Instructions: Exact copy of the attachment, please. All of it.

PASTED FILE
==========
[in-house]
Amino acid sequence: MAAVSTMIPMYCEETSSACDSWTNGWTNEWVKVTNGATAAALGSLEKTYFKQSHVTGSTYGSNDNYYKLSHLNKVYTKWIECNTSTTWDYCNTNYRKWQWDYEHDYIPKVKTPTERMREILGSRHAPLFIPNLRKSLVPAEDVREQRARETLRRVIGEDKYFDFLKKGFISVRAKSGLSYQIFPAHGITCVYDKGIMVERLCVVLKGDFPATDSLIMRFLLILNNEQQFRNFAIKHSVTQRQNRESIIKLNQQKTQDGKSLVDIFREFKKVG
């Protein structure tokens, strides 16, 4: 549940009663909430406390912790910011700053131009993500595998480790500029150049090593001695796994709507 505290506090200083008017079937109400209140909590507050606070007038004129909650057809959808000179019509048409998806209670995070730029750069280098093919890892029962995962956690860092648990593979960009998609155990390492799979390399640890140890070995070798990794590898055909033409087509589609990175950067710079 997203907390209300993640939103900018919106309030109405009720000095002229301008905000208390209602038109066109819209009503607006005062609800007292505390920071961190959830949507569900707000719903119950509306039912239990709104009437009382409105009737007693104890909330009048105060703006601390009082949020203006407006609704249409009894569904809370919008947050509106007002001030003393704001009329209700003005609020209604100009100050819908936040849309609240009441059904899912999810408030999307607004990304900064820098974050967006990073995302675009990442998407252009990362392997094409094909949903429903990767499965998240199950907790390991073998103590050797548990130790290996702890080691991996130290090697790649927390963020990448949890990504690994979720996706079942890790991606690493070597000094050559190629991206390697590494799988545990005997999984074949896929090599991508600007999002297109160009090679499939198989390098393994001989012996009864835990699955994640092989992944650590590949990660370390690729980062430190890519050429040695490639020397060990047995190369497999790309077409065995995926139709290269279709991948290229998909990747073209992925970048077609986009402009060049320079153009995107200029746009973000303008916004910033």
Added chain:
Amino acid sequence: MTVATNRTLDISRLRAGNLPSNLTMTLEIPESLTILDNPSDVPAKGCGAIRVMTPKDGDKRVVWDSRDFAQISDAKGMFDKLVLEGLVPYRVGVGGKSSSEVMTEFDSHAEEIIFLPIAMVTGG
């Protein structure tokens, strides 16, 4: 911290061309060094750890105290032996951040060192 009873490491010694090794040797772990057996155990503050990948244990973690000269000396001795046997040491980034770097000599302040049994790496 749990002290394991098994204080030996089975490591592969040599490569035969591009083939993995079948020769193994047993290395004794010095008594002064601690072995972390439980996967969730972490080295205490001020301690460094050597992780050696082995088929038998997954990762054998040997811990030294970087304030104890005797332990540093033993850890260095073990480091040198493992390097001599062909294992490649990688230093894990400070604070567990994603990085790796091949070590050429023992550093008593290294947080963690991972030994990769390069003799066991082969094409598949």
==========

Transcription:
[in-house]
Amino acid sequence: MAAVSTMIPMYCEETSSACDSWTNGWTNEWVKVTNGATAAALGSLEKTYFKQSHVTGSTYGSNDNYYKLSHLNKVYTKWIECNTSTTWDYCNTNYRKWQWDYEHDYIPKVKTPTERMREILGSRHAPLFIPNLRKSLVPAEDVREQRARETLRRVIGEDKYFDFLKKGFISVRAKSGLSYQIFPAHGITCVYDKGIMVERLCVVLKGDFPATDSLIMRFLLILNNEQQFRNFAIKHSVTQRQNRESIIKLNQQKTQDGKSLVDIFREFKKVG
């Protein structure tokens, strides 16, 4: 549940009663909430406390912790910011700053131009993500595998480790500029150049090593001695796994709507 505290506090200083008017079937109400209140909590507050606070007038004129909650057809959808000179019509048409998806209670995070730029750069280098093919890892029962995962956690860092648990593979960009998609155990390492799979390399640890140890070995070798990794590898055909033409087509589609990175950067710079 997203907390209300993640939103900018919106309030109405009720000095002229301008905000208390209602038109066109819209009503607006005062609800007292505390920071961190959830949507569900707000719903119950509306039912239990709104009437009382409105009737007693104890909330009048105060703006601390009082949020203006407006609704249409009894569904809370919008947050509106007002001030003393704001009329209700003005609020209604100009100050819908936040849309609240009441059904899912999810408030999307607004990304900064820098974050967006990073995302675009990442998407252009990362392997094409094909949903429903990767499965998240199950907790390991073998103590050797548990130790290996702890080691991996130290090697790649927390963020990448949890990504690994979720996706079942890790991606690493070597000094050559190629991206390697590494799988545990005997999984074949896929090599991508600007999002297109160009090679499939198989390098393994001989012996009864835990699955994640092989992944650590590949990660370390690729980062430190890519050429040695490639020397060990047995190369497999790309077409065995995926139709290269279709991948290229998909990747073209992925970048077609986009402009060049320079153009995107200029746009973000303008916004910033």
Added chain:
Amino acid sequence: MTVATNRTLDISRLRAGNLPSNLTMTLEIPESLTILDNPSDVPAKGCGAIRVMTPKDGDKRVVWDSRDFAQISDAKGMFDKLVLEGLVPYRVGVGGKSSSEVMTEFDSHAEEIIFLPIAMVTGG
């Protein structure tokens, strides 16, 4: 911290061309060094750890105290032996951040060192 009873490491010694090794040797772990057996155990503050990948244990973690000269000396001795046997040491980034770097000599302040049994790496 749990002290394991098994204080030996089975490591592969040599490569035969591009083939993995079948020769193994047993290395004794010095008594002064601690072995972390439980996967969730972490080295205490001020301690460094050597992780050696082995088929038998997954990762054998040997811990030294970087304030104890005797332990540093033993850890260095073990480091040198493992390097001599062909294992490649990688230093894990400070604070567990994603990085790796091949070590050429023992550093008593290294947080963690991972030994990769390069003799066991082969094409598949």